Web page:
Sen. Tim Scott’s Upcoming Iowa Visit Could Hint at 2024 Presidential Ambitions

By Nathan Worcester
Nathan Worcester
Nathan Worcester
Nathan Worcester covers national politics for The Epoch Times and has also focused on energy and the environment. Nathan has written about everything from fusion energy and ESG to Biden's classified documents and international conservative politics. He lives and works in Chicago. Nathan can be reached at
January 31, 2023Updated: January 31, 2023

Sen. Tim Scott (R-S.C.) is slated to appear at a county GOP Lincoln Day event on Feb. 22 in West Des Moines, Iowa, adding to speculation about his potential efforts to seek the presidency in 2024.

Fox News reported that Scott will be at the Polk County Republican Party’s Lincoln Dinner.

The Epoch Times reached out to Scott’s office for comment.

Gloria Mazza, the chair of the Republican Party of Polk County, told The Epoch Times in a Jan. 30 email that the county’s Lincoln Day event hosted Sen. Rick Scott (R-Fla.) in 2021.

Rumors of a Rick Scott 2024 presidential run were quelled when the multimillionaire Florida lawmaker announced his intentions to seek reelection to the Senate.

Fundraising Opportunity

“This is a fundraising opportunity for our county party and sometimes they just land in our laps, which we welcome being the largest county party in the state,” Mazza said.

In early 2022, both Scotts visited New Hampshire, another key early state in the primary and caucus process, for a cocktail party fundraiser.

Republican senators including John Barrasso (R-Wyo.), John Cornyn (R-Texas), and Iowa’s own Joni Ernst (R-Iowa) have voiced enthusiasm about a Tim Scott presidential run.

For now, though, it seems the Republican base still favors President Donald Trump, who declared his candidacy in November 2022.

A January survey of GOP primary and caucus voters by Emerson College Polling showed 55 percent support for Trump, 29 percent support for Florida Governor Ron DeSantis, and 6 percent support for Trump’s former Vice President, Mike Pence.

Sen. Ted Cruz (R-Texas), former Speaker of the House Paul Ryan, South Dakota Governor Kristi Noem, former Trump CIA chief Mike Pompeo, and an unspecified “Someone Else” made up the remainder of responses.

Assess Emerging Field

Older versions of that poll showed more support for a Trump 2024 candidacy in 2022 and 2021.

If Tim Scott were elected president, he would be the first-ever black Republican to reach the office.

He would also be our first unmarried commander-in-chief since James Buchanan, who was elected in 1856 and served one term.

Polk County Republican Party chair Mazza noted that Iowans will have ample opportunity to assess the emerging field of 2024 presidential candidates in the run-up to early 2024, when the Republican presidential caucus will take place.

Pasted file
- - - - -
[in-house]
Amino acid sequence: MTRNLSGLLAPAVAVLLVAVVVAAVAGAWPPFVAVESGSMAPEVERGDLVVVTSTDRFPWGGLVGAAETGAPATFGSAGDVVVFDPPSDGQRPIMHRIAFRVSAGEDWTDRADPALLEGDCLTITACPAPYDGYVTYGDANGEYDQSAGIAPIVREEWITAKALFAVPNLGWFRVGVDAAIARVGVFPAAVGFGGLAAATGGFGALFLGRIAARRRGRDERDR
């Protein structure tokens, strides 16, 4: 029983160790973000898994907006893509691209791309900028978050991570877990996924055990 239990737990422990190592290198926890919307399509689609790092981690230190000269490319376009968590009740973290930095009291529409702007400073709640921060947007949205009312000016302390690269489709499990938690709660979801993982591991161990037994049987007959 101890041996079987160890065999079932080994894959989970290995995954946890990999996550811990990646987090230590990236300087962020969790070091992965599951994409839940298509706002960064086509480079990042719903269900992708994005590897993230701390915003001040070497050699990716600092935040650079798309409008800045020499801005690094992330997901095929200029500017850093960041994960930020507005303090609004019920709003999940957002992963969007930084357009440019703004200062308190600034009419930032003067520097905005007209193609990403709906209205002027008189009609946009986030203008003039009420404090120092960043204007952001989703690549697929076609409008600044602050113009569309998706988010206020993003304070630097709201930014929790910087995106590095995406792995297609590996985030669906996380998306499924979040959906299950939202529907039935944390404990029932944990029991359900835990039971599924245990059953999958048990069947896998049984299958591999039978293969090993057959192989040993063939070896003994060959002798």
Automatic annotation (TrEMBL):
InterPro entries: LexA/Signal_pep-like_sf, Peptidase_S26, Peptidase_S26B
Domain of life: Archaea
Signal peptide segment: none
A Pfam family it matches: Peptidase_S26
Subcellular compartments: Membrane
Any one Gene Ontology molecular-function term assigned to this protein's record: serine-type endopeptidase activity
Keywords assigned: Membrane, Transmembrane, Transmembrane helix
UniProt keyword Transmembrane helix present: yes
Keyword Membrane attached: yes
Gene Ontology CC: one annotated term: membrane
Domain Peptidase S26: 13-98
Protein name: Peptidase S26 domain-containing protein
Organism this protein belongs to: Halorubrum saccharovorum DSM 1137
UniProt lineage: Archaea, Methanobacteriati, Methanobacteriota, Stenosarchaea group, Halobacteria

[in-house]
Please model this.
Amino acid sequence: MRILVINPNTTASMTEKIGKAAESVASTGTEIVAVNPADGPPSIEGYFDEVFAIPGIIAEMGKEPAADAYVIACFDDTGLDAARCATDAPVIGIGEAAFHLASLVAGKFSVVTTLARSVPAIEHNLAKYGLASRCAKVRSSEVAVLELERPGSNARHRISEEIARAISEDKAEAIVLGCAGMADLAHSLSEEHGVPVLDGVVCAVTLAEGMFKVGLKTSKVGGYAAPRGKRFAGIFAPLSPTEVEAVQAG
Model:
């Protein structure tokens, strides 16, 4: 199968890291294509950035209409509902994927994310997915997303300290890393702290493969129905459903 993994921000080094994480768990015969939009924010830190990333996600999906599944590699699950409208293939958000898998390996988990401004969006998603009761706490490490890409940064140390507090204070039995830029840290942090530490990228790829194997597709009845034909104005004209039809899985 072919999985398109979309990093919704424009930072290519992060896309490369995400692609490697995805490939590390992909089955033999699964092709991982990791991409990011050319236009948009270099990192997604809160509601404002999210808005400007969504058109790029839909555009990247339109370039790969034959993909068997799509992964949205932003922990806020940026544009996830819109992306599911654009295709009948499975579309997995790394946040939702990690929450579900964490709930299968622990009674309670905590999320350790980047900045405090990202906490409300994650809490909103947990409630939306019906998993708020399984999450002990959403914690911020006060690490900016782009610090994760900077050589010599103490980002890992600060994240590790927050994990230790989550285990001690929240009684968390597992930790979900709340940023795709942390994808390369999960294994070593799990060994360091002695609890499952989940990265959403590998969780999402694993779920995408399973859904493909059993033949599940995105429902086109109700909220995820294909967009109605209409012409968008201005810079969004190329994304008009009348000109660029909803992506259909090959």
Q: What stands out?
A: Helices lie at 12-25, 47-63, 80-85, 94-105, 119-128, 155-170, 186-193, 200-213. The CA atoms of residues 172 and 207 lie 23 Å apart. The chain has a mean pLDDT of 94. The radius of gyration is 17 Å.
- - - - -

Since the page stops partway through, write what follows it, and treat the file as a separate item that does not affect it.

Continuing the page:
Both major parties have traditionally staged their first caucuses of the presidential election cycle in Iowa.

While Republicans are sticking with that system, Democrats under President Biden have made radical changes that would see South Carolina hold the nation’s first primary.

Other names in the election mix

Who else may vie for the Oval Office in 2024?

Aside from DeSantis, a favorite of media prognosticators, and the various other figures mentioned in the Emerson survey, there’s Trump’s former White House national security adviser John Bolton.

Bolton, a neoconservative veteran of the second Bush administration, has not been shy about voicing his distaste for his former boss.

Just a few days ago, Bolton told CBS News that a Trump presidential run in 2024 was “poison” for his party.

The media has helped fuel rumors that Fox News host Tucker Carlson will join the 2024 Republican field.

In July 2022, Carlson told Semafor’s Ben Smith that he had “zero ambition” when it comes to politics.

“I don’t want power, I’ve never wanted power,” Carlson added.

Potential Democrat Contenders

On the Democratic side, meanwhile, the Biden classified documents controversy has intensified concerns over whether he should run in 2024.

Transportation Secretary Pete Buttiegieg, California Governor Gavin Newsom, and Illinois Governor J.B. Pritzker are among the nationally known figures who have attracted attention as potential contenders.

Buttigieg led Biden in a January Granite State Poll of likely Democratic primary voters in New Hampshire.

Politico’s Jonathan Martin reported in November 2022 that Newsom does not want to contest the 2024 presidential nomination with Biden, even informing the White House of that intention.

That same month, a newly reelected Pritzker told reporters he was “focused on serving as governor for the next four years.”

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